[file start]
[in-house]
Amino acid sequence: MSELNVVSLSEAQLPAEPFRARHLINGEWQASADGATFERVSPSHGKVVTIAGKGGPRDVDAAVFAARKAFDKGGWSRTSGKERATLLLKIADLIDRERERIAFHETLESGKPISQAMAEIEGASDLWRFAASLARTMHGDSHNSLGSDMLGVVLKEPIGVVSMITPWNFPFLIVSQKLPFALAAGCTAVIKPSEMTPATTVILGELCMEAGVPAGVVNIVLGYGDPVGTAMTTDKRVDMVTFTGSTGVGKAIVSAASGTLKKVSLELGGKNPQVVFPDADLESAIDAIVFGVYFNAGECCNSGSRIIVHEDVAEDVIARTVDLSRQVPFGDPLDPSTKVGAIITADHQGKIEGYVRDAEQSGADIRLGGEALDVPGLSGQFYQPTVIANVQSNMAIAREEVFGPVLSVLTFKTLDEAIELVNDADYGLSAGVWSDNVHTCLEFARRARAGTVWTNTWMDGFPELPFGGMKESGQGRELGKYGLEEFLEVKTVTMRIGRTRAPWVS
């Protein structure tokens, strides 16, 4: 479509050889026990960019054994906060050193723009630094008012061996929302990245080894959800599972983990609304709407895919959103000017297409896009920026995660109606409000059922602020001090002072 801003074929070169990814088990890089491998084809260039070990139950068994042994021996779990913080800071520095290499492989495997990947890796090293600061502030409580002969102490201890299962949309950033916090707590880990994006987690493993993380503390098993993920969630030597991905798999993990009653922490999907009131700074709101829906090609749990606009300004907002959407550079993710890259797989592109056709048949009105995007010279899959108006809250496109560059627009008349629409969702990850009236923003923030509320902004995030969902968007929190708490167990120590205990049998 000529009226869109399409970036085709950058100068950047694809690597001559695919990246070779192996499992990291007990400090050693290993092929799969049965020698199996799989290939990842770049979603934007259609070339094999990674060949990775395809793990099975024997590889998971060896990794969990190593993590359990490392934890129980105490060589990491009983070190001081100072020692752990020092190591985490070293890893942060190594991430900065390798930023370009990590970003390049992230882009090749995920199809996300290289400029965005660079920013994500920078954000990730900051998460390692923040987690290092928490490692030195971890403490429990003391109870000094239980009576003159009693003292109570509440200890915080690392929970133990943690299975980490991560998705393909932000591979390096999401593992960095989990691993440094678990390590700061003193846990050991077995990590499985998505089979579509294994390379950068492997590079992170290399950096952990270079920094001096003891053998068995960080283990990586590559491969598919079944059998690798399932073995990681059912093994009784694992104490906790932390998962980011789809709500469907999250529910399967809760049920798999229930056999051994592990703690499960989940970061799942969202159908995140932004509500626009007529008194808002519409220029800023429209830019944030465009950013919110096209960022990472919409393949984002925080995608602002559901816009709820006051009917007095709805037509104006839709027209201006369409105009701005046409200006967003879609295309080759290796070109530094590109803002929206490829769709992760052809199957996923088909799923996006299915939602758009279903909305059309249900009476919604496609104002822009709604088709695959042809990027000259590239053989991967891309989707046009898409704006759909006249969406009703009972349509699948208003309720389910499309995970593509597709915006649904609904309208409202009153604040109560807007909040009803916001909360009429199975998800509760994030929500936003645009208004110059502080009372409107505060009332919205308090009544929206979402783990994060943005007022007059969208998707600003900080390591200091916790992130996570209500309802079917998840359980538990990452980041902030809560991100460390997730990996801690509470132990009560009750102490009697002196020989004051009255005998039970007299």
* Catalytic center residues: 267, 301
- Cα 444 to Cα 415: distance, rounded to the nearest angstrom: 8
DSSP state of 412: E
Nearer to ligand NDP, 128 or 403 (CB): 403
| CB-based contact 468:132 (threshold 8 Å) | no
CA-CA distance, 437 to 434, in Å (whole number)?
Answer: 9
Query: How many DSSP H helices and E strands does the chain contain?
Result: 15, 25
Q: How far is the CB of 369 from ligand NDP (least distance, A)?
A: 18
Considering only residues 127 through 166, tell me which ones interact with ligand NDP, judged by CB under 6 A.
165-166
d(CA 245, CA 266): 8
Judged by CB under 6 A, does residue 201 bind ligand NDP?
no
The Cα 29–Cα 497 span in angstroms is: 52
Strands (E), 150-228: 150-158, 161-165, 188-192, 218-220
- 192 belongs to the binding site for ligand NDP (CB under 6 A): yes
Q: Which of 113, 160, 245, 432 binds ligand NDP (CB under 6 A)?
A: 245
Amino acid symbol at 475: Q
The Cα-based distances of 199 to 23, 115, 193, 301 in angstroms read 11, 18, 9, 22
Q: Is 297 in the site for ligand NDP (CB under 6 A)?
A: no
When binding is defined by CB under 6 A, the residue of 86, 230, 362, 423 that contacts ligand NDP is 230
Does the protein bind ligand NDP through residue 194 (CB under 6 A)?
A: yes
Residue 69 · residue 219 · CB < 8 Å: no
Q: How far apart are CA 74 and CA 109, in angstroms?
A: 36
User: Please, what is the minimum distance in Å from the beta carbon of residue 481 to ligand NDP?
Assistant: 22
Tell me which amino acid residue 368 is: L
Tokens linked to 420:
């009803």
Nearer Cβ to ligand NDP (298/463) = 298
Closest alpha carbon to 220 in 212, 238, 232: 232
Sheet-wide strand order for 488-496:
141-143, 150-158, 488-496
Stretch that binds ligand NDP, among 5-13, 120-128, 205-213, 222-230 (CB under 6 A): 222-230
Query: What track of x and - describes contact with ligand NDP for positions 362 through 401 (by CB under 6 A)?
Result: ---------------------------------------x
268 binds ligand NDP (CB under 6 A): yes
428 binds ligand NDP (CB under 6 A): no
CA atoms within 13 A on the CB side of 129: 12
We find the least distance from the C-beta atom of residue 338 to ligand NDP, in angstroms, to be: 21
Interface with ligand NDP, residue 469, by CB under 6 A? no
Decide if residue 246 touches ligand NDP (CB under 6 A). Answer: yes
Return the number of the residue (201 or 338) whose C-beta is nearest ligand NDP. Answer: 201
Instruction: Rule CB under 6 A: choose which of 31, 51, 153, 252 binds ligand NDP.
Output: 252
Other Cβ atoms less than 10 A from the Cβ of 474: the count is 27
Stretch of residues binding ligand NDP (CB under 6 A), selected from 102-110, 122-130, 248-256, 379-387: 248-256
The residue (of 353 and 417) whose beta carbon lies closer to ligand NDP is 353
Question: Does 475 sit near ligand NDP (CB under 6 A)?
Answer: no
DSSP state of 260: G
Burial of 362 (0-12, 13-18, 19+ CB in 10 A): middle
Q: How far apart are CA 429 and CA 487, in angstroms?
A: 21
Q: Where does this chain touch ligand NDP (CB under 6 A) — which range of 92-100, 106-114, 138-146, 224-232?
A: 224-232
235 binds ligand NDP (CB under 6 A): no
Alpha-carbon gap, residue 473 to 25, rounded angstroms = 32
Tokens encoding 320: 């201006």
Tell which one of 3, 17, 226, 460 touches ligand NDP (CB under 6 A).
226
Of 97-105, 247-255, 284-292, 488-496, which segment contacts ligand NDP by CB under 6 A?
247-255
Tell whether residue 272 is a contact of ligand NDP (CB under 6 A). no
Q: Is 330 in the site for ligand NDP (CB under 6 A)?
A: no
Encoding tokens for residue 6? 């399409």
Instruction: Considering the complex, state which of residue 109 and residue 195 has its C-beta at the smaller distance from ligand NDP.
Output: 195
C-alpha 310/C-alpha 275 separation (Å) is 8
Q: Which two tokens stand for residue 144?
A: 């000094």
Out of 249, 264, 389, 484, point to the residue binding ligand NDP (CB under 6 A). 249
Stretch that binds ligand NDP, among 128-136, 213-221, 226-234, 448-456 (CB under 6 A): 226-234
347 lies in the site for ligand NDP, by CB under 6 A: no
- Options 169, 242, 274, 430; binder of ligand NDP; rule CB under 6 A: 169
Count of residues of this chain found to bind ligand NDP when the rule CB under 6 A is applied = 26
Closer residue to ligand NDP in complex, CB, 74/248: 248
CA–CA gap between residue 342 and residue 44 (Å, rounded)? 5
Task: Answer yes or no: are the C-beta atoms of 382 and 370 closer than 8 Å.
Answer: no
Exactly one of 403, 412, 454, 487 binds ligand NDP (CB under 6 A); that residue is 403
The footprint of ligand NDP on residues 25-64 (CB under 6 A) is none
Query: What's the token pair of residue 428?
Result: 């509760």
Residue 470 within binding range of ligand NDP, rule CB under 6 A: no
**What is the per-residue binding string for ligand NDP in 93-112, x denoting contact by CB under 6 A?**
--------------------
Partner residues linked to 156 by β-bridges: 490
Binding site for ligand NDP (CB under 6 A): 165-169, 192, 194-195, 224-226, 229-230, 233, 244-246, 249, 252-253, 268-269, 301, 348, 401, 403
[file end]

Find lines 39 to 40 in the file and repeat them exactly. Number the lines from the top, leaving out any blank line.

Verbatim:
């009803």
Nearer Cβ to ligand NDP (298/463) = 298